Image credit: Phạm Hữu Tuyền
Impressed? These natural wonders are just the cherry on the cake.
Aside from beautiful landscapes, Cao Bằng also takes pride in being the only place in Vietnam with zero Covid-19 cases in the community.
The presence of 24/7 security booths at border gates
Image credit: Biên Phòng
Sharing a 333 km-long border with China, Cao Bằng was regarded as a city with a high risk of Covid-19 outbreaks when the pandemic first struck Vietnam. Besides, a lack of medical resources and rocky terrains also put the province in a disadvantageous position.
For this reason, Cao Bằng authorities and residents have been on high alert since the get-go and their efforts have paid off.
According to Tuổi Trẻ, all routes leading to Cao Bằng Province have been filled with security booths since the beginning of the Covid-19 pandemic until now.
To tackle the challenge of illegal immigration, patrol soldiers also set up patrol booths, ramp up control, and Covid-19 testing at the border gates.
From February 2020 till July 2021, Cao Bằng had received over 23,570 immigrants from China and sent them to dedicated Covid-19 facilities.
Image credit: Báo Tài Nguyên Môi Trường
Since the 4th outbreak struck Ho Chi Minh City in late April, Cao Bằng leaders imposed stringent restrictions out of sheer precaution. All non-essential businesses are required to close, gatherings are reduced, and arrivals into the province are strictly monitored.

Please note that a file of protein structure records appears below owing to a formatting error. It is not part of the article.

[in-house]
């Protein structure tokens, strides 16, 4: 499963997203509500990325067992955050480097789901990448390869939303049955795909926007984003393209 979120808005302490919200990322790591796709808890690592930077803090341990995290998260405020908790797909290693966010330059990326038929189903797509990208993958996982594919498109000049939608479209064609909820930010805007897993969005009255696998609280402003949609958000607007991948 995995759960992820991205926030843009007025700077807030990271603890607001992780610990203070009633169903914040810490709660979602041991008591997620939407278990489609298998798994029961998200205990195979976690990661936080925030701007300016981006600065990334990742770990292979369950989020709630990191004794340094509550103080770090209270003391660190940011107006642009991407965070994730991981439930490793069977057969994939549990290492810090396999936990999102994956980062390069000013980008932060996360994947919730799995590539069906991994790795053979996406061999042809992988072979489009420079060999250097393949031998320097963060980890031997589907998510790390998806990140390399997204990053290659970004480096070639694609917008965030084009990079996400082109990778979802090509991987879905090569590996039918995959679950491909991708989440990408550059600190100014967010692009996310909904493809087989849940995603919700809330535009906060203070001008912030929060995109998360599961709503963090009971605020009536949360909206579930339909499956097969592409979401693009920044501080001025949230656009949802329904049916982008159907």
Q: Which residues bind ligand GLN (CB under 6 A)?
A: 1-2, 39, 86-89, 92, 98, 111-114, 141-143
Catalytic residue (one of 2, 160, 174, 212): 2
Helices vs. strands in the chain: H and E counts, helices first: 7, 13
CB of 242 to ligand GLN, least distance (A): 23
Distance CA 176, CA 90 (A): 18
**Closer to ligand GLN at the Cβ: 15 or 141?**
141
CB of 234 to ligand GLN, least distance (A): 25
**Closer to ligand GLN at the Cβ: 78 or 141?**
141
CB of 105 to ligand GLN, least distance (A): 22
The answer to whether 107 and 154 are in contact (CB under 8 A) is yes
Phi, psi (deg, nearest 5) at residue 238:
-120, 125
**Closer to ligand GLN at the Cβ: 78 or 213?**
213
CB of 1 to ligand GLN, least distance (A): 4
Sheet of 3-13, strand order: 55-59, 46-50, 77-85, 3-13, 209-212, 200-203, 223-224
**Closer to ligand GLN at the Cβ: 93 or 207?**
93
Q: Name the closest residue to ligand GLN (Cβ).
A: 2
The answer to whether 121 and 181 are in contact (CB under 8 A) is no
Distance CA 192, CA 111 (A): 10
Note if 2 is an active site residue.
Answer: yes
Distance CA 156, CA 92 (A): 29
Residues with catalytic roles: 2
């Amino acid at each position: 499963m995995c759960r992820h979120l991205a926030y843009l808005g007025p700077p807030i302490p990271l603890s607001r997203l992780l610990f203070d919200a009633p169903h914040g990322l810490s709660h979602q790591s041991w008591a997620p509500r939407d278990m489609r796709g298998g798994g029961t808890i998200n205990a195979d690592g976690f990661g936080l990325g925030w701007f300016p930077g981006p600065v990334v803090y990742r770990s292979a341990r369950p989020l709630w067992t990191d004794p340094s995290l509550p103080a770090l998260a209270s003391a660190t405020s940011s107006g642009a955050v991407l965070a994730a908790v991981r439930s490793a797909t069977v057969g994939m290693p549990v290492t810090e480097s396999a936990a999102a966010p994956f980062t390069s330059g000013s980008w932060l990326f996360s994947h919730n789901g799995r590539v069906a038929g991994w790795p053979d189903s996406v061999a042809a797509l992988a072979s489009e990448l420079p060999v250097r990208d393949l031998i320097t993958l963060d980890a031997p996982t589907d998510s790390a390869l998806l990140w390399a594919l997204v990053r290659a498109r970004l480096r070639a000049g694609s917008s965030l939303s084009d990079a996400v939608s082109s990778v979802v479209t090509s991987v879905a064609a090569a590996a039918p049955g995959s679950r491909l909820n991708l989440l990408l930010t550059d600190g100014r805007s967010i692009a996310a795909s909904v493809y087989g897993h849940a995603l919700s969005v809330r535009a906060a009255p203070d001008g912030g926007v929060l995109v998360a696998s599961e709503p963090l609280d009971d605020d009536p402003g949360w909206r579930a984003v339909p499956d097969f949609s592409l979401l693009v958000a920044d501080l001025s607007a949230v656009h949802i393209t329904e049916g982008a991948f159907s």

To raise awareness about the danger of Covid-19, authorities keep residents posted on the pandemic through loudspeakers at public venues as well as handing out leaflets.
When Bắc Giang was the epicenter of the Covid-19 pandemic earlier this year, many Cao Bằng residents were living there at the time and got infected
To ease the pressure on Bắc Giang’s administrative and medical staff, Cao Bằng authorities organized 60 buses to bring their residents home. These infected patients were brought straight to localCovid-19 facilities, thereby reducing the risks of coronavirus exposure in the community.
Transportation links between Cao Bằng and other provinces remain open so that businesses are not disrupted.
At the same time, Cao Bằng is also trying to accelerate its vaccination rate so that the province can soon return to complete normalcy.
Prevention is better than cure
As a famous saying goes, “Prevention is better than cure.” This can’t be any truer for Cao Bằng.
Fully aware of the province’s vulnerabilities in terms of geography and resources, the province’s leaders were determined to help everyone survive. They raised awareness among residents and ramped up control on all fronts. Even though the province has survived four outbreaks without any community cases, city leaders still limit non-essential businesses to nip any risks of transmission in the bud.
This is such an amazing concerted effort from both leaders and residents.
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Cover image adapted from: Long Huy